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From The Horse’s Mouth | Naija Nomads Unravels Epe Mangroves

Wading Through Epe Mangroves

If you’ve been reading this site long enough then Naija Nomads needs no introduction. If this is your first visit, they are a Nigerian based travel company that we regularly collaborate with and simply put, they’re our sister travel company. You can also follow their nomadic adventures here.

The nomads recently explored Epe Mangrooves and we got the head nomad to spill on how it went especially as it’s a location not many people have heard of or visited.

naija nomads

Head Nomad


Give us a brief description of where you went and what the trip was about.

Epe Mangroves! It was an experience my travel company, Naija Nomads, organized; first as a group trip and second as a private trip for three doctors from Seattle. We visited the beautiful Mangroves located at Epe in Lagos State and canoed across it.

To access the mangroves, we met our guide – Mr Mufu at Ibeju Lekki and canoed to a little village called Iba Oloja. Prior to this, Mr. Mufu told us all about his community and showed us around. We started off from a “tunnel” and when we got to the large body of water, the actual tour started.

The mangroves empties into the Lekki Lagoon which flows out to the Atlantic ocean via the Lagos Lagoon. The depth of the water ranges between 12-19 feet (depends on the season of the year). The black looking water was tested by German scientist and they okay’d it and declared it “fit to drink”. To prove this, Mr.Mufu drank a hand full of water telling us to “test eet” but no one was willing to try. We just could not get over the color of the water. He told us he’d been in business since the 80s and companies such as Chevron, Lufthansa and Exxon-Mobil have navigated these waters. Huge shame that this place is largely unknown by actual Lagos residents.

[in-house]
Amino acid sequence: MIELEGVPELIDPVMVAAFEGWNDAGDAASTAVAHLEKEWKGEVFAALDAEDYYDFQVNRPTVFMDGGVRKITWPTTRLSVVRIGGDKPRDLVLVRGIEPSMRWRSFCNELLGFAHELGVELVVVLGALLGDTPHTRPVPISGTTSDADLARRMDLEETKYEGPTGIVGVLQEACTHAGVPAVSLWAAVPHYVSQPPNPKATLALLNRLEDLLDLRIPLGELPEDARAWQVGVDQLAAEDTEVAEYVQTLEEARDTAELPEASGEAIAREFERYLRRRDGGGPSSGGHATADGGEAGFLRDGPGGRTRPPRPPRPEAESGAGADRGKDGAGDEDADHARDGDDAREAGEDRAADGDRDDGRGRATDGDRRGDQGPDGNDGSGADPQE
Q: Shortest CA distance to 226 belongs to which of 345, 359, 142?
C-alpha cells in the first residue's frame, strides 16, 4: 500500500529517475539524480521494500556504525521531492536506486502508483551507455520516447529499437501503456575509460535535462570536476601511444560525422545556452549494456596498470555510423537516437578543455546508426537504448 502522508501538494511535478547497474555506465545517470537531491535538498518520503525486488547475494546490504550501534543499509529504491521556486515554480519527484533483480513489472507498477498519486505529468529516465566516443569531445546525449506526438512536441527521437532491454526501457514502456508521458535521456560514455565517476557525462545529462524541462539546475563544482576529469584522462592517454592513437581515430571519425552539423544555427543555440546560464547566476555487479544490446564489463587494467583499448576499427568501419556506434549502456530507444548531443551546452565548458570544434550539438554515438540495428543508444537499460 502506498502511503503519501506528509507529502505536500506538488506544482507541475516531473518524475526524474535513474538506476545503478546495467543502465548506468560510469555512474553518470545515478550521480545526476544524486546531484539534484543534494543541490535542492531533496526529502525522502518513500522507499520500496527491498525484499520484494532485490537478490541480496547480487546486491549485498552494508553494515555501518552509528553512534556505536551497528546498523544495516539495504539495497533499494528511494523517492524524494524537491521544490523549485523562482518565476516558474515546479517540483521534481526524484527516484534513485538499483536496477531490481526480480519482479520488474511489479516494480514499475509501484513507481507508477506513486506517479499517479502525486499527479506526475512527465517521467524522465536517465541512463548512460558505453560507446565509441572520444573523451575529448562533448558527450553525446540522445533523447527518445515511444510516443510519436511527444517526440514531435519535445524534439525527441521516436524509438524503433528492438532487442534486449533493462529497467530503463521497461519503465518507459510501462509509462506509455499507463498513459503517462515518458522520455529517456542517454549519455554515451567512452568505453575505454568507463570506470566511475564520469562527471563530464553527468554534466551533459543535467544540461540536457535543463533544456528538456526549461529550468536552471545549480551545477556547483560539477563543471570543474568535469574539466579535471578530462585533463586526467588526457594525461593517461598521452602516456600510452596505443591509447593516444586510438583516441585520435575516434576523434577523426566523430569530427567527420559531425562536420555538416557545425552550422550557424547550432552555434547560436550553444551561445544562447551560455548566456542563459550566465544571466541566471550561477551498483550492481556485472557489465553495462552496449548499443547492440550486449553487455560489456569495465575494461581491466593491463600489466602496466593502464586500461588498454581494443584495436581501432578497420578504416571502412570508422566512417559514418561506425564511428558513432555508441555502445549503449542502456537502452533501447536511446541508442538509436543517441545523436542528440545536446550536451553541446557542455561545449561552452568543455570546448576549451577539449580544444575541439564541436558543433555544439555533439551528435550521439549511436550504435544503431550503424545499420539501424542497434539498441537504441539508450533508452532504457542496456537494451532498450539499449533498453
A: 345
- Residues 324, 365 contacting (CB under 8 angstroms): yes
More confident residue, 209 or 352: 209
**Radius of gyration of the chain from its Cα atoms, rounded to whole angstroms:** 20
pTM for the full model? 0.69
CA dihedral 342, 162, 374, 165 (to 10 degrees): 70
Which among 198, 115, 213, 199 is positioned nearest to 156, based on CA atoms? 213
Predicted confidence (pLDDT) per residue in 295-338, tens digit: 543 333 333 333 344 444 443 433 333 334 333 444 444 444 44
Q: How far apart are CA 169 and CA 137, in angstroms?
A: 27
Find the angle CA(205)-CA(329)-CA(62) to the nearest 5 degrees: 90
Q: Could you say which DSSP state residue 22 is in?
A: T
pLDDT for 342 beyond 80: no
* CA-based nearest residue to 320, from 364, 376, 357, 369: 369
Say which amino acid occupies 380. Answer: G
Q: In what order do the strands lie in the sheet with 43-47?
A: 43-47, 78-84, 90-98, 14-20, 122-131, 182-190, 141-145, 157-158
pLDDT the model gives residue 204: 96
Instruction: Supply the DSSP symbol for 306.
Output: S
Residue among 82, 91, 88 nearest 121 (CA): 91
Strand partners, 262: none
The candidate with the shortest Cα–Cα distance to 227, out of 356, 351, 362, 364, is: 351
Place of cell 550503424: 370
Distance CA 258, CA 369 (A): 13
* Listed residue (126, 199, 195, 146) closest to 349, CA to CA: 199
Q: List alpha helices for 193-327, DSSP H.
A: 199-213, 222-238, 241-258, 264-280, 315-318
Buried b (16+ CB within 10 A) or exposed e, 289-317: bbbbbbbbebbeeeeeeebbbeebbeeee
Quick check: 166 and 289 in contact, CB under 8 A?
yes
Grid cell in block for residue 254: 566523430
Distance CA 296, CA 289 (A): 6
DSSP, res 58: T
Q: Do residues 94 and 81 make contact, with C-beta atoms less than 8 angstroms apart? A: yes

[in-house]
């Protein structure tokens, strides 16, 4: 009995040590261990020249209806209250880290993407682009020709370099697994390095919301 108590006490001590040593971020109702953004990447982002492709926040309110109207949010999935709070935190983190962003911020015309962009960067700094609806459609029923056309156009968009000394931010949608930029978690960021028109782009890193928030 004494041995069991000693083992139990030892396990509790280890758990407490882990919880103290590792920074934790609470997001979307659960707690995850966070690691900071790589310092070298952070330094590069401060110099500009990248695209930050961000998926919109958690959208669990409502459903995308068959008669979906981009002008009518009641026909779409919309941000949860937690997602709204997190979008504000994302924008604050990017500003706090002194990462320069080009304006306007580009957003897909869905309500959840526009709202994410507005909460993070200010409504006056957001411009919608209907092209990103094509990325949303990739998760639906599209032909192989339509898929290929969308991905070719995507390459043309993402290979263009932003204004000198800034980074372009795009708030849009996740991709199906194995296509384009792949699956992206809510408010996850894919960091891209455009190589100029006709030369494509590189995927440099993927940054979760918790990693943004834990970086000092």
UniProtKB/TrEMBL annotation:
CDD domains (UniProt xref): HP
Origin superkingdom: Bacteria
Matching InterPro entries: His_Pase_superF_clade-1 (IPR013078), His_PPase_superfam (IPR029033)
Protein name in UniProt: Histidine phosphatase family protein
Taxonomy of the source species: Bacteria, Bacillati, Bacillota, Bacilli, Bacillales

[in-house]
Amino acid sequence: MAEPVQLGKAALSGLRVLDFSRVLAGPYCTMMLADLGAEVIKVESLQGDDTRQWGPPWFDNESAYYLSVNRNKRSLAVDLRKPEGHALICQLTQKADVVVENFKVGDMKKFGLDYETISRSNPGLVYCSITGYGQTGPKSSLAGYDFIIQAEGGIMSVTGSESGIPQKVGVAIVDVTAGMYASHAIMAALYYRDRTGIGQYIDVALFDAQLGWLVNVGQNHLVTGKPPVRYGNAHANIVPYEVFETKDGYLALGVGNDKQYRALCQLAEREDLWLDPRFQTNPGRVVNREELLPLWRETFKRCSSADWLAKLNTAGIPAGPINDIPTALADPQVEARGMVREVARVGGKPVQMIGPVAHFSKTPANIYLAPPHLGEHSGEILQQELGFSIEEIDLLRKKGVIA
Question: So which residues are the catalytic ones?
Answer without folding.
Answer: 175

During the group trip, we added a bit of ‘flava’ to the experience. After canoeing, we took Adire classes at the local primary school in Iba Oloja village. We were told that the village had about 250 inhabitants and their mainstay is farming and fishing.The entire village came out to watch us make adire. They were sat under a mango tree, watching us. Some even had their lunch right there.

We had a professional who taught us some basic dye techniques/methods such as television, sugarcane, envelope e.t.c. All the design came out gorgeous and our canvas was either a white tee or a scarf. It was so much fun, you can now call us certified adire specialists, lol.


Was accommodation required for this trip? If yes where did you stay and what was it like?

It was a day trip so no accommodation required. We set out were supposed to leave at 7.30am and got back into town at 6.30pm.


I’ll say when one of the nomad’s dosed off in the canoe. It was so hilarious. I agree the ride was relaxing and therapeutic but there was no way I could sleep when all I was thinking of were alligators!


What was your best moment of the entire trip?

Definitely the canoeing. The first time I ever heard of this activity was on She visited two years ago and though it looked great. I lowered my expectations because this is Lagos and everything ‘na wash’!